If we skip right to the shortcut, we’ll give ourself the language to solve problems at a higher level, but we won’t understand how it connects to what we knew before. It would be like we hyperspace-jumped to the answer rather than plotted a course for ourselves. We get the answer to the present problem, but only in isolation.
Newton’s difference quotient allows us to turn the derivative problem into a line we can observe on a graph at our current level of abstraction. But this line is only an approximation – we need to use limit theory to take the line one abstraction further, giving us the concept of a slope of a curve. If we skip this step and go right to the shortcut, we’d only give ourselves the solution to a meaningless puzzle. The difference quotient allows us to derive not only this shortcut, but also other shortcuts we’ll need for other problems that we have not yet encountered. Understanding the underlying principles shows us how to abstract to new principles, freeing the derivative from the graph and enabling us to power lightbulbs, build bridges, and launch rockets.
And there are many other examples of this. Lagrange’s and Hamilton’s reformulations of Newtonian mechanics (and more) made them simpler and thus more powerful, leading to the general concept of energy and quantum mechanics, respectively. Imaginary numbers allowed electrical engineers to turn complex differential equations into mere arithmetic. The Fourier transform allowed people to move from the time domain to the frequency domain in spite of our empirically linear experience of the world.
The point is that equations are powerful. They’re not just puzzles with set answers, but magic spells that can elevate the mind to higher levels of understanding, making the metaphysical realm something workable and moldable such that we can do the impossible – we can see the unseeable and use it for our own purposes.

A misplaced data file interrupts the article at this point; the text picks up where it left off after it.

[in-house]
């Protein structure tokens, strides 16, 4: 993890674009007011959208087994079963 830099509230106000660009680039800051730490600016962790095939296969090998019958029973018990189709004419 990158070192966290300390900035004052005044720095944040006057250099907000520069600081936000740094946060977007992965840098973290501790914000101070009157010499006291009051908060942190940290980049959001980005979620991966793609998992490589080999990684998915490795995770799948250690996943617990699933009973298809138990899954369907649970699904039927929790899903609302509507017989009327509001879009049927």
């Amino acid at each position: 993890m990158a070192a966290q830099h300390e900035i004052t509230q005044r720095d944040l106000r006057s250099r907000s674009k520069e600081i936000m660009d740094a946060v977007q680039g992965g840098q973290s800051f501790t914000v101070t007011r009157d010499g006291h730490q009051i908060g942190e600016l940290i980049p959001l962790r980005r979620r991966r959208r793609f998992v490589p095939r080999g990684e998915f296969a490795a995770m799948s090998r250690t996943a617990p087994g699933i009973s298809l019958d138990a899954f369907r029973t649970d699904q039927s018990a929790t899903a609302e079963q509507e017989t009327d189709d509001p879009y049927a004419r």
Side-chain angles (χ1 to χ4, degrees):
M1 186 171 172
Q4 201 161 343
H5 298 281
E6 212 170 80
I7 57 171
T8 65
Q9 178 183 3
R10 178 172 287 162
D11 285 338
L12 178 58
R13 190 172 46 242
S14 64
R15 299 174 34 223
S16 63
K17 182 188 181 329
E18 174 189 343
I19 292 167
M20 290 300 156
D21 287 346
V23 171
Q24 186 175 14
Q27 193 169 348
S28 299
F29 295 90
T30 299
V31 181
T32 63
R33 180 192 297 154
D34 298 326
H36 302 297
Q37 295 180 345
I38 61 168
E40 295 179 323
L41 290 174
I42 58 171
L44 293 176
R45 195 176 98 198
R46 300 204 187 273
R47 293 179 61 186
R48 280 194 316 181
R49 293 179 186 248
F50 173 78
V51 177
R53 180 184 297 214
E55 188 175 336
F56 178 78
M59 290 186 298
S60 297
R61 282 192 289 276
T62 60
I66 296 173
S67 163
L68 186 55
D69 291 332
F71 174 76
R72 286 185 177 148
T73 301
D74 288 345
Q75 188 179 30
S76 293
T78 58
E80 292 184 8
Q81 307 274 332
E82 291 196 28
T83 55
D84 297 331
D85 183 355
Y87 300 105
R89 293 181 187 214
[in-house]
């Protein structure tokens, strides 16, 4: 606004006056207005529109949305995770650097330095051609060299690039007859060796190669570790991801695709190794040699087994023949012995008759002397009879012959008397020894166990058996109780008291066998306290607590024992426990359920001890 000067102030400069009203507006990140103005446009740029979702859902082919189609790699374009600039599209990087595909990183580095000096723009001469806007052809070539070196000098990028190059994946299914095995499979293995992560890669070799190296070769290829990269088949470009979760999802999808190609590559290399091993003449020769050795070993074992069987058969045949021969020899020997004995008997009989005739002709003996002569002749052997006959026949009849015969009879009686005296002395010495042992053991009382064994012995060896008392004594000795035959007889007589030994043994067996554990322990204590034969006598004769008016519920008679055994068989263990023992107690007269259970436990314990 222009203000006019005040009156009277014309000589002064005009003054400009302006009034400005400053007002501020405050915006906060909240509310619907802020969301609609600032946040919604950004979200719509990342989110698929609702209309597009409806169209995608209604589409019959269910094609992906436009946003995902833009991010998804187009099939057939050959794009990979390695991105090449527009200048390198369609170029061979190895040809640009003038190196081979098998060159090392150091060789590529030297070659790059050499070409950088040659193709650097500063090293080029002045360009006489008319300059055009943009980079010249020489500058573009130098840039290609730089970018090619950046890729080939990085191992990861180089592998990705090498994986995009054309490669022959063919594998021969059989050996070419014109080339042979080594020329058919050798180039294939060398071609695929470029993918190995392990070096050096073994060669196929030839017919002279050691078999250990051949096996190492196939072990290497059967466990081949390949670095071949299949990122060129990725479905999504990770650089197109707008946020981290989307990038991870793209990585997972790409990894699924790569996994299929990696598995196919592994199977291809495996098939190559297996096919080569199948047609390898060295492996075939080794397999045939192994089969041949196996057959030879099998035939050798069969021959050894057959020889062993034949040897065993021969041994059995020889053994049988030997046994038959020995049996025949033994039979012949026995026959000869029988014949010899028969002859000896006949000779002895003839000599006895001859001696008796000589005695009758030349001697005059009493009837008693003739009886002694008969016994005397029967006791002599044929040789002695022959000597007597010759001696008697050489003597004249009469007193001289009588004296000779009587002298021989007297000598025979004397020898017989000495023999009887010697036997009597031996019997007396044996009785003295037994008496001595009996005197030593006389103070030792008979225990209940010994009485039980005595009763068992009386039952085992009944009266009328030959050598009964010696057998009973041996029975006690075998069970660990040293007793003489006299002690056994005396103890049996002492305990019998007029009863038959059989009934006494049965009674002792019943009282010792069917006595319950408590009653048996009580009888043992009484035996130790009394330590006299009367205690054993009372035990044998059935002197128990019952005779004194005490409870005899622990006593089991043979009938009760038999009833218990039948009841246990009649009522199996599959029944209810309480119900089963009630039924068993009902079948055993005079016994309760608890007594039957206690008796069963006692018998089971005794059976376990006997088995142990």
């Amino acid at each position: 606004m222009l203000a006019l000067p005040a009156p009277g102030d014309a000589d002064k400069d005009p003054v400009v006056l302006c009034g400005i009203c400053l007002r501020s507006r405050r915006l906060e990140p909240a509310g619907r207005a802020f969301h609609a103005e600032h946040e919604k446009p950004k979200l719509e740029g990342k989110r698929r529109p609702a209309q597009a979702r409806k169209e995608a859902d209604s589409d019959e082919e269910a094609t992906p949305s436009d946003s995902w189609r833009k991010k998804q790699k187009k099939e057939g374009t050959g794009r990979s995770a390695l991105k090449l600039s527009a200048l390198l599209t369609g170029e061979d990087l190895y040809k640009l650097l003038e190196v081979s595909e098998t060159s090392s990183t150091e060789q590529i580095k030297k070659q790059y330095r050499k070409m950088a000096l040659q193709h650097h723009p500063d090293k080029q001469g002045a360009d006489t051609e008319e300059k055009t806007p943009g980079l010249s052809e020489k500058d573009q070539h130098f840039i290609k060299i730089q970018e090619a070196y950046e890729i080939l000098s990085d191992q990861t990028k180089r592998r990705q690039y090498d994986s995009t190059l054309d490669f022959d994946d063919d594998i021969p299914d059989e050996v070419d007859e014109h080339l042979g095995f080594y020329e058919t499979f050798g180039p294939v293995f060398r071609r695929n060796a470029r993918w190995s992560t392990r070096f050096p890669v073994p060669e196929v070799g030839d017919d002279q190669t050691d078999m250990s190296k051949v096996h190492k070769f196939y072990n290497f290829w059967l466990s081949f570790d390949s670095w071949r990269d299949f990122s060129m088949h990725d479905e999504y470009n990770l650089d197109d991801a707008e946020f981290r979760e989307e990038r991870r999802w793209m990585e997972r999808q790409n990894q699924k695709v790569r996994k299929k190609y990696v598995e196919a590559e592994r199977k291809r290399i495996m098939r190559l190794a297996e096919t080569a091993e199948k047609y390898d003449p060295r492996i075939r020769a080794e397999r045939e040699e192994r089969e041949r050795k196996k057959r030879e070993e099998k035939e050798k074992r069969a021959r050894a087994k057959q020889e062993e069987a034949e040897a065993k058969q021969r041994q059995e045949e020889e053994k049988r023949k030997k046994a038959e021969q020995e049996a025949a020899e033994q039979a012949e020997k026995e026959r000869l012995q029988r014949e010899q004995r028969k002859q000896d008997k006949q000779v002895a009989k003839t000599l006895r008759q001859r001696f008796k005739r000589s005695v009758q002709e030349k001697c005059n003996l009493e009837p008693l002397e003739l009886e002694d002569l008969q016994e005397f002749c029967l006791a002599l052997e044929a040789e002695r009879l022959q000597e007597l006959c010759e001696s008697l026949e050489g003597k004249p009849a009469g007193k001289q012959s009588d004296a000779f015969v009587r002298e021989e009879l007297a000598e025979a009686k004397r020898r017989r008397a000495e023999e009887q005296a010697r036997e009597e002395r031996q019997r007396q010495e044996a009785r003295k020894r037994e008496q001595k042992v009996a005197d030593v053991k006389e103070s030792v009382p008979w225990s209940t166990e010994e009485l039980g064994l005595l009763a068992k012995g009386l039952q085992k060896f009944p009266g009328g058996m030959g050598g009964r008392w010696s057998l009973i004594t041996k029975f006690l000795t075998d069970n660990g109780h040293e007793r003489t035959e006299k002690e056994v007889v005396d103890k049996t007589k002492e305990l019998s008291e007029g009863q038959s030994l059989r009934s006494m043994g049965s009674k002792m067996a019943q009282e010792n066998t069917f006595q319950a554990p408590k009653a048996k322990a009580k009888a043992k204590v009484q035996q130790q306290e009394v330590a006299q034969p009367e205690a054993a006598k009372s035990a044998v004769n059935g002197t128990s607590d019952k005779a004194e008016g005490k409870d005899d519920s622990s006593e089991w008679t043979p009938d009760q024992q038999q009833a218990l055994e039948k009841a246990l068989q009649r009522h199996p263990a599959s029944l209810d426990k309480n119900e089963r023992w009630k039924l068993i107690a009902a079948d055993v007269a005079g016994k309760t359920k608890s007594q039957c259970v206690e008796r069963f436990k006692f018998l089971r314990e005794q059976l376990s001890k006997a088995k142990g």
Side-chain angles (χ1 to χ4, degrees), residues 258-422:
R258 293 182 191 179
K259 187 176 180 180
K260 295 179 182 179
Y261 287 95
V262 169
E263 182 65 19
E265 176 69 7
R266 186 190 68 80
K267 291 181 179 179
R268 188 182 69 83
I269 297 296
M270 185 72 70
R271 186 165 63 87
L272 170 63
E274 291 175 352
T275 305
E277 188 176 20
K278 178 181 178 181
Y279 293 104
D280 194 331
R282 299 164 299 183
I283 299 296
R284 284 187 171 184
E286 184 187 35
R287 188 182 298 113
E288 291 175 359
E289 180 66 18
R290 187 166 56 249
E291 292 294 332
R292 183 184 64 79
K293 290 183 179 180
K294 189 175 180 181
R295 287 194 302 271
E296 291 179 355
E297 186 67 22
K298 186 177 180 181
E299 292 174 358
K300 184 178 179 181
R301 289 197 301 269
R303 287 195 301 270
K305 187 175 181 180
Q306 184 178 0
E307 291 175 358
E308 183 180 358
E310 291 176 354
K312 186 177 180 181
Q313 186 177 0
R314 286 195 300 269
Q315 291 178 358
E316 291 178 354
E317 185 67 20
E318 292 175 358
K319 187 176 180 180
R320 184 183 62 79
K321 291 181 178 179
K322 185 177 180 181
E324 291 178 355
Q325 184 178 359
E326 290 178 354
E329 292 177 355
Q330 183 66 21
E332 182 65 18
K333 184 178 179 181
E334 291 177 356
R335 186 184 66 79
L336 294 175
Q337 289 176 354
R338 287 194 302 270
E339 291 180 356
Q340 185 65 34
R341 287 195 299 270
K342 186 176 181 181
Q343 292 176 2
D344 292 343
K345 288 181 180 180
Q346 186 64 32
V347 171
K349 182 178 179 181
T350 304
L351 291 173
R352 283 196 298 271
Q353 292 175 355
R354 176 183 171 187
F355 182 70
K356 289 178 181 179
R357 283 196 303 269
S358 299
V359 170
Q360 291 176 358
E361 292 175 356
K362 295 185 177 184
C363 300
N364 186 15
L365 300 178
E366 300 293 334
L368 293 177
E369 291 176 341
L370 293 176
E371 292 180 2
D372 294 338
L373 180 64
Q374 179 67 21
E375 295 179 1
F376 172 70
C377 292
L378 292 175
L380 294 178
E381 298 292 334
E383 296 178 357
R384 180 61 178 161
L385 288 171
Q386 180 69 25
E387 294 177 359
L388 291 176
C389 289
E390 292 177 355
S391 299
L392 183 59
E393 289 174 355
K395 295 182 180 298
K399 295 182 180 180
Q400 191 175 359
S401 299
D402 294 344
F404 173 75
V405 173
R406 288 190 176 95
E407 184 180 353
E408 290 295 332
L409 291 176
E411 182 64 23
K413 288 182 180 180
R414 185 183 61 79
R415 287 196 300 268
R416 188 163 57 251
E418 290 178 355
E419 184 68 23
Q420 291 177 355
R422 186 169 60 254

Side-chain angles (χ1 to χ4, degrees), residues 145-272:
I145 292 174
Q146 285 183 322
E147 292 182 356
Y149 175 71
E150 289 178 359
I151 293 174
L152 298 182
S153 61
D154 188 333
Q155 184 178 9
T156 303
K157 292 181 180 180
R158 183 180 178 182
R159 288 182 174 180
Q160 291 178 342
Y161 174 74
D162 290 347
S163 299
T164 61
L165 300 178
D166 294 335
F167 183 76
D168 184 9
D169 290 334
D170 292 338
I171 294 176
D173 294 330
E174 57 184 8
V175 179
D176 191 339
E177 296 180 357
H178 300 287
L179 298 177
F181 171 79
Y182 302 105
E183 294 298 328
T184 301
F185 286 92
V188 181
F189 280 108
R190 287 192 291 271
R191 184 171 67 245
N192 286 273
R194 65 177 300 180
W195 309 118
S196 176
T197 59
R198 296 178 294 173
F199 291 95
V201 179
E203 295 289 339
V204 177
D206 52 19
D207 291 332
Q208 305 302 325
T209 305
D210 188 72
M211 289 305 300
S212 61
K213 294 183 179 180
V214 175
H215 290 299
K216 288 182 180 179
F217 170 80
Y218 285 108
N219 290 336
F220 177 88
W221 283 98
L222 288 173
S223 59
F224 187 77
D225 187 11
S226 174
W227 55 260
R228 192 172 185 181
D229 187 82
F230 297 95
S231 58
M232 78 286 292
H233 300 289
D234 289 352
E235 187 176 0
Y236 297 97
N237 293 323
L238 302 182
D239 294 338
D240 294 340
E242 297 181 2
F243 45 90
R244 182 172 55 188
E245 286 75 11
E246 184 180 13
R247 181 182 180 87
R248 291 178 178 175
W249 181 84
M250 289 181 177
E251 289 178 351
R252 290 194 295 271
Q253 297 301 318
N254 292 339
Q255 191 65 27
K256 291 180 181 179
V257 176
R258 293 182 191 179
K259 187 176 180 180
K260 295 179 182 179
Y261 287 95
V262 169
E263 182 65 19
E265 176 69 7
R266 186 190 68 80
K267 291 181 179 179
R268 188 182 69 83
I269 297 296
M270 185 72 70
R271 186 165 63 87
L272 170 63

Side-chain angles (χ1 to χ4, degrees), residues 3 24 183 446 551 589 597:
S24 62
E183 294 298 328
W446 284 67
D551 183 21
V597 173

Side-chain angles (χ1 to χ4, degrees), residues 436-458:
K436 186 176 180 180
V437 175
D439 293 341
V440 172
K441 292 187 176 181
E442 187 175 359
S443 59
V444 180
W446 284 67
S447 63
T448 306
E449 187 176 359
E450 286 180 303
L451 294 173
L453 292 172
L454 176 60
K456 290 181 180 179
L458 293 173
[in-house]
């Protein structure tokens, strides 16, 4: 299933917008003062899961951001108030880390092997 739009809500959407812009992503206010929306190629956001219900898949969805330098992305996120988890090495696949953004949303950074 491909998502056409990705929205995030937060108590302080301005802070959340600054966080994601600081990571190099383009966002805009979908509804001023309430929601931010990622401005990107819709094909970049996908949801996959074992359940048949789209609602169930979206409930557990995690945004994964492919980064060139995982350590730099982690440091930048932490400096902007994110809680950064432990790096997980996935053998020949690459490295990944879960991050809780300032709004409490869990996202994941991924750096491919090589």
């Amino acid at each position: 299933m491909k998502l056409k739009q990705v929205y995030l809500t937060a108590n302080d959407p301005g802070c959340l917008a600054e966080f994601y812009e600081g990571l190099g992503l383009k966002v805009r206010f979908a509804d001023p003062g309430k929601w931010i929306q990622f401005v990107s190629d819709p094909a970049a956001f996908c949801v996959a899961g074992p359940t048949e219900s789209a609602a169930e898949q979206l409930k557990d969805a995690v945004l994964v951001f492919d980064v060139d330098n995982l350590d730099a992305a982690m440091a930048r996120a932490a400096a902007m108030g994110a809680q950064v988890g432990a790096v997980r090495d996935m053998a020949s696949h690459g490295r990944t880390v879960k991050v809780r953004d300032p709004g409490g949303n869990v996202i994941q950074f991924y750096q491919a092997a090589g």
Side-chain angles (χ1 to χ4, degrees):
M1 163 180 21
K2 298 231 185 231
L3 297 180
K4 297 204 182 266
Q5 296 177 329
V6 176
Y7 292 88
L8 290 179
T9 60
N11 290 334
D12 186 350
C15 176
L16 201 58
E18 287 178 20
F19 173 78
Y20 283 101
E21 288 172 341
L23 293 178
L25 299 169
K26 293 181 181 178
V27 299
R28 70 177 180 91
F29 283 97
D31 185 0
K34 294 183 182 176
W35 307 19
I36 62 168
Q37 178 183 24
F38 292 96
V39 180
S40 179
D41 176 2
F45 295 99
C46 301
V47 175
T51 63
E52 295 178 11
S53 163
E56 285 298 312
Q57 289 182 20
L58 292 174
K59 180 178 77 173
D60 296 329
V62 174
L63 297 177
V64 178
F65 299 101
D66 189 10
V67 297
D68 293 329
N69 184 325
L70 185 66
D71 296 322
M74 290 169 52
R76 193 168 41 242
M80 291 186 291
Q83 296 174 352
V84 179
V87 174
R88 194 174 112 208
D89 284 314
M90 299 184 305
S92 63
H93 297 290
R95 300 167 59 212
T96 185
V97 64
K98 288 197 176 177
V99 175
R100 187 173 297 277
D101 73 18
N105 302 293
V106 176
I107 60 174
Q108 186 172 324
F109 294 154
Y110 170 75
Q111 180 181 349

The discovery of Neptune was not the result of empirical observation, but of exploring logical necessity and mathematical equations. Following Alexis Bouvard’s prediction that there had to be another planet beyond Uranus in order to account for its orbit according to Newton’s theory of gravity, John Couch Adams and Urbain Jean Joseph Leverrier calculated its location and mass. For the math to work, Neptune had to be roughly where they said it was. And as Johann Gottfried Galle observed in 1846, it was. Adams and Leverrier couldn’t see Neptune, but were able to discover it through the manipulation of signs and symbols. The equations they used allowed them to “see” the planet in the abstract even though it had not yet been observed. The math told them where to look, and they were right – as if they had magically conjured the planet where they needed it to be.
People often think that metaphysical reflection focuses solely on unprovable spiritual revelation based in feeling and vague philosophical questions with no answers, but such a rendering is reductive of both deductive reason and speculative religion. As Galileo put it, “Mathematics is the language with which God has written the universe.” The deeper we delve into this language, the higher we can ascend metaphysically, untethering ourselves from the limitations of our physical finitude, knowing more, seeing more, and doing more than we ever thought possible.